Thank you for contacting me about the Electronic Communications Code (ECC).
The ECC was recently reformed as part of the Digital Economy Act 2017. These reforms were intended to reduce the costs of providing communications infrastructure and make it easier for operators to deploy such infrastructure. The new code came into force on 28 December 2017.
The Regulatory Impact Assessment published by the Government estimated that the ECC reforms could lead to a reduction in average market rents (as compared to rents agreed before reforms to the ECC). Some constituents have been in touch with me about the impact of these changes and I have made Ministers aware of their views as further reforms are considered. Based on discussions with stakeholders, the Government identified three main challenges associated with the 2017 reforms. These are issues relating to obtaining and using Code agreements, rights to upgrade and share, and difficulties specifically relating to the renewal of expired agreements.
To ensure the aims of the 2017 reforms are realised, the Government recently held a consultation on further changes to the Code. In its response, the Government indicated that the changes it hopes to make, which will be introduced as legislation as soon as Parliamentary time allows, “will support the installation, maintenance and upgrading/sharing of apparatus, alongside facilitating faster and more collaborative negotiations between operators and site providers, while balancing the public interest in having improved digital connectivity with private property rights”. You might be interested to learn more about the consultation response, which can be found via this link: https://www.gov.uk/government/consultations/consultation-on-changes-to-….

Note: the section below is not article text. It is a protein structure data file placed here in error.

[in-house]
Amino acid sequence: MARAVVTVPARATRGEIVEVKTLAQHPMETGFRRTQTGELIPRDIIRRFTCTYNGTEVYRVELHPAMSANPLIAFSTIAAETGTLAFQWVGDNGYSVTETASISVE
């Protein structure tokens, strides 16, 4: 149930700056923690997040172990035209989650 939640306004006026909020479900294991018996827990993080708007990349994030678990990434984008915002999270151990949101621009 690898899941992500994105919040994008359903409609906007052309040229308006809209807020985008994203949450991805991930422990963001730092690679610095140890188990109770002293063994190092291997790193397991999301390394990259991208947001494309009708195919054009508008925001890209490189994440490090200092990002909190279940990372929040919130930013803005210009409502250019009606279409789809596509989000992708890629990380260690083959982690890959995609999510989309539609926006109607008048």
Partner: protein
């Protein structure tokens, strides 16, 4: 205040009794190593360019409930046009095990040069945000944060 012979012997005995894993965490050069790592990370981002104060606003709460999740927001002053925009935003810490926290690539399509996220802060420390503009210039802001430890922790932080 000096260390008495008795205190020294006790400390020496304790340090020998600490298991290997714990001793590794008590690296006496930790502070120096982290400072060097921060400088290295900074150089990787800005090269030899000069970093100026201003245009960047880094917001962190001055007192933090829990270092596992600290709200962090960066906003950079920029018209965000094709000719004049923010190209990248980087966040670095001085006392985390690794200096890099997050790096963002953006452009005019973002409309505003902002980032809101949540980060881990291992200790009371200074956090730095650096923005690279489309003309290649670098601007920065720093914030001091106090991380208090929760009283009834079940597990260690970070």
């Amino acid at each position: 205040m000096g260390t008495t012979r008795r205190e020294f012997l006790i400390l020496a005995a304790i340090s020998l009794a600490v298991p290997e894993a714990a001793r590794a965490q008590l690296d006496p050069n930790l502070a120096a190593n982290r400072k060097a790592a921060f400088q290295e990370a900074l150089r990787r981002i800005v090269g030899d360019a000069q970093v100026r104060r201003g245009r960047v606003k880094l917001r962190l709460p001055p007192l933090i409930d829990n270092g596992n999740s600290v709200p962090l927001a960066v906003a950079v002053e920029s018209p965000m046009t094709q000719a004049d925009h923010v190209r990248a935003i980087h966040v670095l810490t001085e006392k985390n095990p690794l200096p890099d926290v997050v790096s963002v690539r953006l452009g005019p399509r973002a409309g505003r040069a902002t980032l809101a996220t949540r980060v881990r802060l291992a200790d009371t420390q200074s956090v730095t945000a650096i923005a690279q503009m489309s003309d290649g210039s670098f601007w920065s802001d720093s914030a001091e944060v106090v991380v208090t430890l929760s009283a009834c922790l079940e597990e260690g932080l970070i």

Statutory Valuation Regime
I have been informed that in response to the Government’s recent consultation, a significant number of the submissions received referred to the changes which the Digital Economy Act 2017 made to the statutory valuation regime (which affects how much operators are required to pay site providers who use their land). I must, however, point out that, as stated in the consultation, the Government does not intend to revisit the statutory valuation framework. Its position also remains that the framework which underpins negotiations remains appropriate for the installation and maintenance of digital communications infrastructure systems.
Thank you again for taking the time to contact me.
Craig Whittaker MP